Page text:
Veterans Day addenda
I don’t know exactly what I was looking for in those yellowing letters from 1944 and 1945. If it was Veterans Day inspiration or patriotic pride, I didn’t find them.
Dad’s been dead more than 20 years now. He lived into his late seventies, but dementia and palsy haunted him for the last 10 years of his life. He rarely and reluctantly spoke of the war. In his mid-30s, he was a flight surgeon on B-29s. (Dad, Capt. — and later Maj. — William F. Seifert, MD, is the tallest of the three men in the front row of the photo taken somewhere in the Pacific theater of war.) He was first assigned to India, flying “The Hump,” or the Himalayans, on bomb runs into China. Then he was in China itself and finally on the small coral island of Tinian, where the B-29’s assembled for the decisive air raids on Japan.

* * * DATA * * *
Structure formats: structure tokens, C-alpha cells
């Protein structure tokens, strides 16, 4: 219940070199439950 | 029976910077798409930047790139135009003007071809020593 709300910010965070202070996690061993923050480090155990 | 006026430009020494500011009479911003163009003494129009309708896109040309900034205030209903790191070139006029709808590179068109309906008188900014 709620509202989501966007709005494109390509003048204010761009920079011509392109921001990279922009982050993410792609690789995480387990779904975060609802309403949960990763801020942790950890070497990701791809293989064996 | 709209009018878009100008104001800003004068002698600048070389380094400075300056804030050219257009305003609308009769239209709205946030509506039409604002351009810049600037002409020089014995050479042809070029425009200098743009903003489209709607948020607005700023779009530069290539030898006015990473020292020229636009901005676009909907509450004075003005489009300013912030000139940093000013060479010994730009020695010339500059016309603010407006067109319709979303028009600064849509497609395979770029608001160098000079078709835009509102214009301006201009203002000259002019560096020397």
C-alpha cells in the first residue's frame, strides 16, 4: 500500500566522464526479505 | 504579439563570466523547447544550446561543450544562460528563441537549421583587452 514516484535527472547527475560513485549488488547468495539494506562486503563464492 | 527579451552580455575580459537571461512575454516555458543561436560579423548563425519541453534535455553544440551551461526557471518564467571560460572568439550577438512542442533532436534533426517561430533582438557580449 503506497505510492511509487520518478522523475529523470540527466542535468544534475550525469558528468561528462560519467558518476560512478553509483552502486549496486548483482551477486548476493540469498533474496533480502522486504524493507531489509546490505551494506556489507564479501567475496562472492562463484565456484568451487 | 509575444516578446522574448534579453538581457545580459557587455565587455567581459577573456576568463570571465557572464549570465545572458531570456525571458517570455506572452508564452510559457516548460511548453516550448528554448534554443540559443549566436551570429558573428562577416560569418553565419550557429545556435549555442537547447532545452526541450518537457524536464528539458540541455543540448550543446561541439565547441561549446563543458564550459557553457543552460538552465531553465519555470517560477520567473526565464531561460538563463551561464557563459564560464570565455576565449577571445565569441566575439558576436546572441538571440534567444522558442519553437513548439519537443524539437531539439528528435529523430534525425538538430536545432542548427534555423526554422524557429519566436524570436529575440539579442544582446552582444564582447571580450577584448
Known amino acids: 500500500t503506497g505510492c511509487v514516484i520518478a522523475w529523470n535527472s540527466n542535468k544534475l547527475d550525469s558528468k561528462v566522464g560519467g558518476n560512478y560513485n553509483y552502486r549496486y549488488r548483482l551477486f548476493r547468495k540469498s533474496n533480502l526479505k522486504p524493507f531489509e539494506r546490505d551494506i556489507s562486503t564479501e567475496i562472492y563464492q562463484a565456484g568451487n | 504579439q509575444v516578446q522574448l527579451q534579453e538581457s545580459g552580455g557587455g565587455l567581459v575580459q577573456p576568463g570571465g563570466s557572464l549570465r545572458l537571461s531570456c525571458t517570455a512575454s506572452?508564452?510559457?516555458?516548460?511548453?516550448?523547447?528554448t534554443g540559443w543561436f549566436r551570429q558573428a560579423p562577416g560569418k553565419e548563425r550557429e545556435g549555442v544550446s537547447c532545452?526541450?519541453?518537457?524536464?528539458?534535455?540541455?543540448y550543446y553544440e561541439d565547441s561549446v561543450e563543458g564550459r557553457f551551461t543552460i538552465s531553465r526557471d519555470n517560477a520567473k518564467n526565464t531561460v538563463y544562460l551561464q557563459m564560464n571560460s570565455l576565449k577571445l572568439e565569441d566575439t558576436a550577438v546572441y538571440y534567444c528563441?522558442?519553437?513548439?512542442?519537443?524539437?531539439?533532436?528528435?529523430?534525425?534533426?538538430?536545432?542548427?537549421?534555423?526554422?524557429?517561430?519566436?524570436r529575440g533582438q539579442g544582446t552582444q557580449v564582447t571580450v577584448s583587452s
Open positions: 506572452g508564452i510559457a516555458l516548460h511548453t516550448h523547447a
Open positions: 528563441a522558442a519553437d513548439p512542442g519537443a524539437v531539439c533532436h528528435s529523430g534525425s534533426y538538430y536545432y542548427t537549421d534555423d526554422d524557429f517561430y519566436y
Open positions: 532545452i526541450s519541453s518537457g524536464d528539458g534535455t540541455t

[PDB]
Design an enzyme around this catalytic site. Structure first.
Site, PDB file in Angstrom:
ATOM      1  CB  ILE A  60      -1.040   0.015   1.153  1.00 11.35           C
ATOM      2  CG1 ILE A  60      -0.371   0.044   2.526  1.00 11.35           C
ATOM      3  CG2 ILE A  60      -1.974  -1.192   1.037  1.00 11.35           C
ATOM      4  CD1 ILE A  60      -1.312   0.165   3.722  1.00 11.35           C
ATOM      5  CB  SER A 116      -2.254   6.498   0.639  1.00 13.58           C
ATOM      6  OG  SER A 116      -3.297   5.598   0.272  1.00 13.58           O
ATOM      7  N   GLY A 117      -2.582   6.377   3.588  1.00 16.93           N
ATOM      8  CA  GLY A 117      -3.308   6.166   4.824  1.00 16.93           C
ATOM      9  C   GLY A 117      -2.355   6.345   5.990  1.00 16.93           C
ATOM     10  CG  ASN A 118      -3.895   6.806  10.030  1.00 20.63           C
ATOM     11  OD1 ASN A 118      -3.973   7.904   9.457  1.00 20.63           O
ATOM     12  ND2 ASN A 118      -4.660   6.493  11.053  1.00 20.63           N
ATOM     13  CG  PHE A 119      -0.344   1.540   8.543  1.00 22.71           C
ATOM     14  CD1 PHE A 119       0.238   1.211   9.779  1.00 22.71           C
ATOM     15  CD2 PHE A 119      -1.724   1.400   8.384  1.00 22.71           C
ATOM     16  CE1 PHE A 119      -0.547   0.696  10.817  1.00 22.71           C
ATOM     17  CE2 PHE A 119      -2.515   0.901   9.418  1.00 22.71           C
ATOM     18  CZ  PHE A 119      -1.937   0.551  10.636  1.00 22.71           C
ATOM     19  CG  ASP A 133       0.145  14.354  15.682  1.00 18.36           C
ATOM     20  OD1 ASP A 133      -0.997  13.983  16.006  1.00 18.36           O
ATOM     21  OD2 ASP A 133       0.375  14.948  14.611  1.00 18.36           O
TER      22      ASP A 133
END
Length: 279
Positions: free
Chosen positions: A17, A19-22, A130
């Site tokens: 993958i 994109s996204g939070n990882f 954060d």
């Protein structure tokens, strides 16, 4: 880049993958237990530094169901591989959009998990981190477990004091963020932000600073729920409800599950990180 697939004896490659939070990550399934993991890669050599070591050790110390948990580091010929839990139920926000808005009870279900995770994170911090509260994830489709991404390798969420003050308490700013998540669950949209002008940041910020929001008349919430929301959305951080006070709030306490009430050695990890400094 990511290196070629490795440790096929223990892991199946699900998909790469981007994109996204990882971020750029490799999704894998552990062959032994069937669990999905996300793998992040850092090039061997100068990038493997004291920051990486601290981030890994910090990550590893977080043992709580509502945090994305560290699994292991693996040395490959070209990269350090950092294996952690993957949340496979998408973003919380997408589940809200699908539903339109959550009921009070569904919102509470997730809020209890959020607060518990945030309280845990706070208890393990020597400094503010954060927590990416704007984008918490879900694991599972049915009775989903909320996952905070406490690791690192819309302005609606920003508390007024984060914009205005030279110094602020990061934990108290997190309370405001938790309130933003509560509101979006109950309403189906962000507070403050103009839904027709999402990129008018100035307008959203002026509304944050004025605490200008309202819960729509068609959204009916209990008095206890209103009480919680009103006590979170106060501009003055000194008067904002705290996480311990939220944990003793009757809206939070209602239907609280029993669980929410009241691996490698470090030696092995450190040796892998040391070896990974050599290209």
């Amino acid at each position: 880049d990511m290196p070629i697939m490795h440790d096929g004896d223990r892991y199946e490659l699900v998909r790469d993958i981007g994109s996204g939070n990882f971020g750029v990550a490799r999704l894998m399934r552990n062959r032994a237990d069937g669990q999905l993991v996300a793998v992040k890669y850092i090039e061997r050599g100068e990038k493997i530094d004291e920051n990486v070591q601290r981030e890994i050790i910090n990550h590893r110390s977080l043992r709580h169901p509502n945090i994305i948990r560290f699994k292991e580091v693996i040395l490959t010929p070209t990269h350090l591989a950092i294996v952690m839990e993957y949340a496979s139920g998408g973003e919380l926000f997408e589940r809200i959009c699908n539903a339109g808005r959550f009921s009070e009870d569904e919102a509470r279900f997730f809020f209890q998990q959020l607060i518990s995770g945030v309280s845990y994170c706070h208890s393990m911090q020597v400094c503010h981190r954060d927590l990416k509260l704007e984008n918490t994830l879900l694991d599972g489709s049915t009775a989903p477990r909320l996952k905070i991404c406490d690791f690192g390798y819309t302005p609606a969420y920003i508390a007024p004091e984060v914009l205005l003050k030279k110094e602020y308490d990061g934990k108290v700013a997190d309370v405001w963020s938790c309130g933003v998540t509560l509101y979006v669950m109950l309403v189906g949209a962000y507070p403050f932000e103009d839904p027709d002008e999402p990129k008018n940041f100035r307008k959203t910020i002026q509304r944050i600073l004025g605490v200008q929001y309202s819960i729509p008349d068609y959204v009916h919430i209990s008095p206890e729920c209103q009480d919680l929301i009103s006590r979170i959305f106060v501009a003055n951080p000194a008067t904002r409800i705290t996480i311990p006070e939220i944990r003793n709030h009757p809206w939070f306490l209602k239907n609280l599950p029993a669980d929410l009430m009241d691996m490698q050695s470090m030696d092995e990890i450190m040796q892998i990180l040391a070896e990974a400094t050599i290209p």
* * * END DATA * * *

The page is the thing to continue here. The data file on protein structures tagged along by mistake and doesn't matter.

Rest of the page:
The “Super Fortresses” there included the two that ended the war by obliterating Hiroshima and Nagasaki with atomic bombs.
Dad’s letters to Mom were censored so he was left to write about boozing, gambling, dysentery, his buddies, his eagerness to come home, his longing for Mom and me (I was a toddler), the oppressive heat, the foibles of his medical colleagues and the pettiness and bureaucratic demands of the military.
It’s a side of war we don’t hear much about. The parts that Dad had to censor largely make it into the history books and are celebrated on Veterans Day.
Dad’s letters are Veterans Day addenda, remembrances that war, in addition to being hell, bravery and sacrifice, is also, diarrhea, drug abuse, drudgery and bureaucratic in-fighting.